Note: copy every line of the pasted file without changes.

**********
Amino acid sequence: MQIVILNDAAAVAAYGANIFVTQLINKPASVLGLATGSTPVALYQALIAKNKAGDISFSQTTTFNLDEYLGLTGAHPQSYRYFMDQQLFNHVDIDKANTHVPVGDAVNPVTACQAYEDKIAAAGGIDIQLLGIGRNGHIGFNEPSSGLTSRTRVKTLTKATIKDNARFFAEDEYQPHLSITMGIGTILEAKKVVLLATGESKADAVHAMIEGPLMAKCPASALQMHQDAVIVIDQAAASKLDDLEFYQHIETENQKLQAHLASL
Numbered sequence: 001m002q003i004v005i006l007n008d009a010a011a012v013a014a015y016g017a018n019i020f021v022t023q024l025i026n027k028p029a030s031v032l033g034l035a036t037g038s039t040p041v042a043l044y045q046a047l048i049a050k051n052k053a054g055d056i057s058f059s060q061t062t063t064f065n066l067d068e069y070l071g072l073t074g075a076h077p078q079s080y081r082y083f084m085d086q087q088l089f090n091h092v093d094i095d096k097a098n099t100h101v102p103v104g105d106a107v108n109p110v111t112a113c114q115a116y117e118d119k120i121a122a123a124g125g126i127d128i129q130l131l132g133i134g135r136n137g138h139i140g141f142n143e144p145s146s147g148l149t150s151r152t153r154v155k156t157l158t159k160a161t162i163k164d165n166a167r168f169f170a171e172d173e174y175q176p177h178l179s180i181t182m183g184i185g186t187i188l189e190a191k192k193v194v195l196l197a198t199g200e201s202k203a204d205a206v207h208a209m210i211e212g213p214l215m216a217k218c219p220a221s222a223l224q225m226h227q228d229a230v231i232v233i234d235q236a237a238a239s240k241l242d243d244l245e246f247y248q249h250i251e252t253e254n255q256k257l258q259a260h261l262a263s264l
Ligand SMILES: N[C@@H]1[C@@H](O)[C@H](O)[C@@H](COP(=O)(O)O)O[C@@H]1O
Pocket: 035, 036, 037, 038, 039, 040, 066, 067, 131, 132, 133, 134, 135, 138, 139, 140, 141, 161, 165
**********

Amino acid sequence: MQIVILNDAAAVAAYGANIFVTQLINKPASVLGLATGSTPVALYQALIAKNKAGDISFSQTTTFNLDEYLGLTGAHPQSYRYFMDQQLFNHVDIDKANTHVPVGDAVNPVTACQAYEDKIAAAGGIDIQLLGIGRNGHIGFNEPSSGLTSRTRVKTLTKATIKDNARFFAEDEYQPHLSITMGIGTILEAKKVVLLATGESKADAVHAMIEGPLMAKCPASALQMHQDAVIVIDQAAASKLDDLEFYQHIETENQKLQAHLASL
Numbered sequence: 001m002q003i004v005i006l007n008d009a010a011a012v013a014a015y016g017a018n019i020f021v022t023q024l025i026n027k028p029a030s031v032l033g034l035a036t037g038s039t040p041v042a043l044y045q046a047l048i049a050k051n052k053a054g055d056i057s058f059s060q061t062t063t064f065n066l067d068e069y070l071g072l073t074g075a076h077p078q079s080y081r082y083f084m085d086q087q088l089f090n091h092v093d094i095d096k097a098n099t100h101v102p103v104g105d106a107v108n109p110v111t112a113c114q115a116y117e118d119k120i121a122a123a124g125g126i127d128i129q130l131l132g133i134g135r136n137g138h139i140g141f142n143e144p145s146s147g148l149t150s151r152t153r154v155k156t157l158t159k160a161t162i163k164d165n166a167r168f169f170a171e172d173e174y175q176p177h178l179s180i181t182m183g184i185g186t187i188l189e190a191k192k193v194v195l196l197a198t199g200e201s202k203a204d205a206v207h208a209m210i211e212g213p214l215m216a217k218c219p220a221s222a223l224q225m226h227q228d229a230v231i232v233i234d235q236a237a238a239s240k241l242d243d244l245e246f247y248q249h250i251e252t253e254n255q256k257l258q259a260h261l262a263s264l
Ligand SMILES: N[C@@H]1[C@@H](O)[C@H](O)[C@@H](COP(=O)(O)O)O[C@@H]1O
Pocket: 035, 036, 037, 038, 039, 040, 066, 067, 131, 132, 133, 134, 135, 138, 139, 140, 141, 161, 165